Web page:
What does the Menulog Sale mean for your Restaurant and do the numbers stack up?
It has been reported today in the Fin Review that Goldman Sachs is running an international Menulog sale process that is expected to fetch up to $500 milllion. This is what we thought would happen, with our earlier blog about the Menulog IPO prospectus and one of our obviously well connected readers mentioned that it would be an international expression of interest. Do the numbers stack up and what does it mean for your Restaurant?
Do the Menulog Sale numbers add up?
Menulog now has 5,000 Restaurants using the system and according to the article, they have revenue of $40m. Lets delve a little more into these numbers.
The $40 will be commission from the Restaurants. This means that Menulog is charging each restaurant on average 8,000 a year. This is $666 per month, which indicates that Restaurants are doing around $1538 per week in online orders. Obviously some will be doing a lot more than this and some will be do very little, but these averages should be about right. There is therefore $400,000,000 in sales that Menulog is doing through Restaurants.
$666 per month per Restaurant is the commission paid to Menulog on average every month based on those figures. Costs of running the company need to be taken out of that.
There is no information about the costs to run Menulog, but it is probably extremely profitable. A quick Linkedin search showed 39 people currently employed at Menulog. There will be credit card processing fees on the the $400,000,000. The marketing bill would be quite hefty as they run Google Adwords campaigns, competing against local Restaurants sometimes.
Just Eat, which listed on the London Stock Exchange last year, listed at 100 times their 2013 earnings. Interestingly enough, they were advised by, you guessed it, Goldman Sachs. They generated 96.8 million in revenue, up 60 per cent from the year before and had an EBITDA of 14.1m compared to 2.3 million in 2012. The increase of revenue by 60% saw an increase of EBITDA of 6 times, which shows at what volumes the economies of scale start to kick in. A price to earnings ration would put the profit at around $5,000,000.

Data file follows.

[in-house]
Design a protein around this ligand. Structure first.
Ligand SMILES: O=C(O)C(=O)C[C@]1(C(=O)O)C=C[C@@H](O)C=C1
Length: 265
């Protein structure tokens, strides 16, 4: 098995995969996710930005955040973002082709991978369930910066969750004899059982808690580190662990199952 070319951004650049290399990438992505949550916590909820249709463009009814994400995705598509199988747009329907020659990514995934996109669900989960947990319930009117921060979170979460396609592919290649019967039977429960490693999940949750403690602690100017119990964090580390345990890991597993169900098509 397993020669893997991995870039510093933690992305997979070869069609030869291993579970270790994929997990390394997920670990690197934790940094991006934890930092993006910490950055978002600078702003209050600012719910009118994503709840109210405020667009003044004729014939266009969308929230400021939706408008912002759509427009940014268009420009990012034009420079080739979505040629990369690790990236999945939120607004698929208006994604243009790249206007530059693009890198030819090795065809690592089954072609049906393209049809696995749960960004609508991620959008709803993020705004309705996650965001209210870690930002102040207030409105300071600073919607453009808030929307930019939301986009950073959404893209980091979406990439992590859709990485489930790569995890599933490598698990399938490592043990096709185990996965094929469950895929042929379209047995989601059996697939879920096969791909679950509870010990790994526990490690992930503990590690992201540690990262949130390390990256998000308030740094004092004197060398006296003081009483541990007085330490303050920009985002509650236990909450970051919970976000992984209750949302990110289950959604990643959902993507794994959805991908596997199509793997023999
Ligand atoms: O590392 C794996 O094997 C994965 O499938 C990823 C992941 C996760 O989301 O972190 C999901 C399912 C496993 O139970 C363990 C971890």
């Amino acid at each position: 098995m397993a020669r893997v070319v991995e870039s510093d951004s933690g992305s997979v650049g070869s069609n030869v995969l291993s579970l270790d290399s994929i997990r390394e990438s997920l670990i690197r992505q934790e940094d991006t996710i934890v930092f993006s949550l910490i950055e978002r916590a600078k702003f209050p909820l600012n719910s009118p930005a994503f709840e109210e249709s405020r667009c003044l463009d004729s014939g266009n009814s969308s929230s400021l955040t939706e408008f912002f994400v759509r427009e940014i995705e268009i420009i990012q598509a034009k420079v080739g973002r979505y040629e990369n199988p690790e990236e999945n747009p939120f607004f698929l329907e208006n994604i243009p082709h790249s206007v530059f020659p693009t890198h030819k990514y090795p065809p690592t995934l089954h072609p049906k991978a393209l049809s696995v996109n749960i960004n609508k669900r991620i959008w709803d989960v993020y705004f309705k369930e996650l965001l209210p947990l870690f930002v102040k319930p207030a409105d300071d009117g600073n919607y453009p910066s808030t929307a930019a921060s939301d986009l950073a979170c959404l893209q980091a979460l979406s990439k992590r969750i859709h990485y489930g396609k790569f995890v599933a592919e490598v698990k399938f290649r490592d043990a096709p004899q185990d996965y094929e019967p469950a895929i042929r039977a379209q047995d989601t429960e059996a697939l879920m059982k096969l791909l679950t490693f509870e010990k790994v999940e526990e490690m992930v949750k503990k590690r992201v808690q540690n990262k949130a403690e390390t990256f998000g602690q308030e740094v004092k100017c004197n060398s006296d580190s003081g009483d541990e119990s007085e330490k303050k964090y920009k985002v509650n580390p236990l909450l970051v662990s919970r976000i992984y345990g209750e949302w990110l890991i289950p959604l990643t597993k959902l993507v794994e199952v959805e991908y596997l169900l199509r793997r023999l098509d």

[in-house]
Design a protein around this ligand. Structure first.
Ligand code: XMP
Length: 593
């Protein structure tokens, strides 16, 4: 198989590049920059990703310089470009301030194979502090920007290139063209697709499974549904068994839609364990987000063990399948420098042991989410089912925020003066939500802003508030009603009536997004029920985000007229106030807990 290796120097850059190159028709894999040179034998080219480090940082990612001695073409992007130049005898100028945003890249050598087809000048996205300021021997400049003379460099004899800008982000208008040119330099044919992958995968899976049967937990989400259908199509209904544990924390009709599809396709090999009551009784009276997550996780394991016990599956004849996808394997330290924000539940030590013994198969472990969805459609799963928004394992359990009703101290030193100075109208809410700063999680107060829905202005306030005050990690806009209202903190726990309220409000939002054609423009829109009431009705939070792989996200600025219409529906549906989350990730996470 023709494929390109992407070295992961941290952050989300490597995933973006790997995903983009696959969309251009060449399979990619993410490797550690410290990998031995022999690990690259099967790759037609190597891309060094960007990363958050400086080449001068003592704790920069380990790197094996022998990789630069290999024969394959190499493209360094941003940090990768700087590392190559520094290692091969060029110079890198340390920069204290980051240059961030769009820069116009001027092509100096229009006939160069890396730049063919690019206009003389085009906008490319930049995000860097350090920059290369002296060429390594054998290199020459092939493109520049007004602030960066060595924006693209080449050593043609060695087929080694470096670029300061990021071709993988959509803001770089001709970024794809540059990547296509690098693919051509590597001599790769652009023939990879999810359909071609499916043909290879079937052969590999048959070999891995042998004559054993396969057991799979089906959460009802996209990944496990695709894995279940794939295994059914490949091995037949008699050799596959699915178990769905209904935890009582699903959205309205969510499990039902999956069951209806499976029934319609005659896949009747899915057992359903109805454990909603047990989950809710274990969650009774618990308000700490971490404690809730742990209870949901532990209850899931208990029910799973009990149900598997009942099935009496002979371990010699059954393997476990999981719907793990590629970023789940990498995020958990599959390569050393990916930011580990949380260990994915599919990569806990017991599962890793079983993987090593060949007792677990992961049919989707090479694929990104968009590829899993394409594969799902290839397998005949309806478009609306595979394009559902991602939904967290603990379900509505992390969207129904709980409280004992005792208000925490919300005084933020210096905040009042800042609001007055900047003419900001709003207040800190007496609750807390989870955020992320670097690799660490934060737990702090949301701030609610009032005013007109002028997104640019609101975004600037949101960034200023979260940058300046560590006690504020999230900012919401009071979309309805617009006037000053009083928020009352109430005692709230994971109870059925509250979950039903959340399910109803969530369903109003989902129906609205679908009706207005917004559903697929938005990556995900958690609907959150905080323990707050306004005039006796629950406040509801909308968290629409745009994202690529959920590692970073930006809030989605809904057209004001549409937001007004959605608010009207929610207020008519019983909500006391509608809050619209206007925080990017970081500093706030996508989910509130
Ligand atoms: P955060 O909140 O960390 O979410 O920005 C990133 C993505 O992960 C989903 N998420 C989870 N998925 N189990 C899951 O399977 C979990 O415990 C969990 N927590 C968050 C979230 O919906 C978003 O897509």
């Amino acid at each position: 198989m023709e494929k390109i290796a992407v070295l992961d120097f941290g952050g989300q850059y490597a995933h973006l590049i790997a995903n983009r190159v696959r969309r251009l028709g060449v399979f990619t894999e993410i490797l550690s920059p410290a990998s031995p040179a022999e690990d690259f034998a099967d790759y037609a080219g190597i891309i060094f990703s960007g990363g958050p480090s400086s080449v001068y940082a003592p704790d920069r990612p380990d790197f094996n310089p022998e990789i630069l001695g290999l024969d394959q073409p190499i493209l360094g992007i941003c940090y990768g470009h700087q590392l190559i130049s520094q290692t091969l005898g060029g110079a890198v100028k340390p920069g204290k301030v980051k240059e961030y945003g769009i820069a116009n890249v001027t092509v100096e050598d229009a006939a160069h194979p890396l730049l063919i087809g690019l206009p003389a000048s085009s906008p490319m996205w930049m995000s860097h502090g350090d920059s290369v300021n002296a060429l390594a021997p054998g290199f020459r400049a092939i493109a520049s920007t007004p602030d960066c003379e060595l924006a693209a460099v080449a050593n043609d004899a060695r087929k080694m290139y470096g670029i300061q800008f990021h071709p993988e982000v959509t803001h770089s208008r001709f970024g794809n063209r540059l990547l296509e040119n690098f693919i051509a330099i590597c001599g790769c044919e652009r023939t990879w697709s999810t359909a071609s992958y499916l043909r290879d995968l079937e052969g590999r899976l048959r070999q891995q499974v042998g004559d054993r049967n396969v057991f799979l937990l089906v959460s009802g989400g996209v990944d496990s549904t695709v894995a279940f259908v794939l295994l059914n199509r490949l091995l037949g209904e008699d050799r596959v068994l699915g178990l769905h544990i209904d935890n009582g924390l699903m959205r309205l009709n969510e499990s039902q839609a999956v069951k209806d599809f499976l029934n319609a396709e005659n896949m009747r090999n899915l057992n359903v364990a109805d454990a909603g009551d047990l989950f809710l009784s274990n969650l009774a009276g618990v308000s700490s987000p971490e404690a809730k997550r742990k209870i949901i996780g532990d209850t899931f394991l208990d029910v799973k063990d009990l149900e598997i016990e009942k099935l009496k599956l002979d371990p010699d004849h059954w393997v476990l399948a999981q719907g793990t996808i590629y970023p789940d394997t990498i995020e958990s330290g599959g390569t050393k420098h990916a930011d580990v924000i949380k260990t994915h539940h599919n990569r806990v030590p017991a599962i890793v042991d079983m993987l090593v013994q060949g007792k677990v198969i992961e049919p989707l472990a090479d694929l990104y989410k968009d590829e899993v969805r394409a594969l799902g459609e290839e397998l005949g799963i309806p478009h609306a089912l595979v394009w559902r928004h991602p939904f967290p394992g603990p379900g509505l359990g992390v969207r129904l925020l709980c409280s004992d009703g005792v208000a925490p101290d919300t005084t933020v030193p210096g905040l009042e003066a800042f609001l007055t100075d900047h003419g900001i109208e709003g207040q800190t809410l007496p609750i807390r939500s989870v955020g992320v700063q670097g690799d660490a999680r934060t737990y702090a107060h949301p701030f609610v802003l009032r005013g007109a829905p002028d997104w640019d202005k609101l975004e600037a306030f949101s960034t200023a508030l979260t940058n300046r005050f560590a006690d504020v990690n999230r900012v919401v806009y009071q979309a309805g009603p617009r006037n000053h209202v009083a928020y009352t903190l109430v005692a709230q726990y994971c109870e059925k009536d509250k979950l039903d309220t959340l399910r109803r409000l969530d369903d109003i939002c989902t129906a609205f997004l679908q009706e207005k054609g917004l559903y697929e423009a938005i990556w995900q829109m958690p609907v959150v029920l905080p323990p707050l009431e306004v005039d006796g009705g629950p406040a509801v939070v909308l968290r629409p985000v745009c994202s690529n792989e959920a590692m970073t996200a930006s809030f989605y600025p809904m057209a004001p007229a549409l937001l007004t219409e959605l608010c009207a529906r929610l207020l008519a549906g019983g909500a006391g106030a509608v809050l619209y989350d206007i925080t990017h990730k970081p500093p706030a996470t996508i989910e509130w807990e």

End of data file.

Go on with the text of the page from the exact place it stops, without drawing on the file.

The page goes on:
Five hundred million is $100,000 for each and every Restaurant that Menulog has on it’s books. This would have to be one of the highest per restaurant valuations seen to date. In a market like Australia, it would be hard to see how they can bring on another 20,000 Restaurants, nor can they increase the commission to 20%. That would be clearly unsustainable and would attract further competition. Unless offshore expansion is planned, it is difficult to see how that can be achieved in a market that is close to saturation.
Menulog can take over 2 weeks to pay their Restaurants for orders. For any small business to wait 2 weeks for a product that you have built and shipped is a problem and moreso for the Restaurant industry. This is why we partnered with Stripe and the team from Marketing4Restaurants went to Stripes HQ in San Francisco to negiotiate on behalf of Restaurants to be able to get their money as quickly as possible with the lowest credit card fee as possible. The third party credit card fee is the only fee that Restaurants have to pay with the Free Restaurant OnLine Ordering System.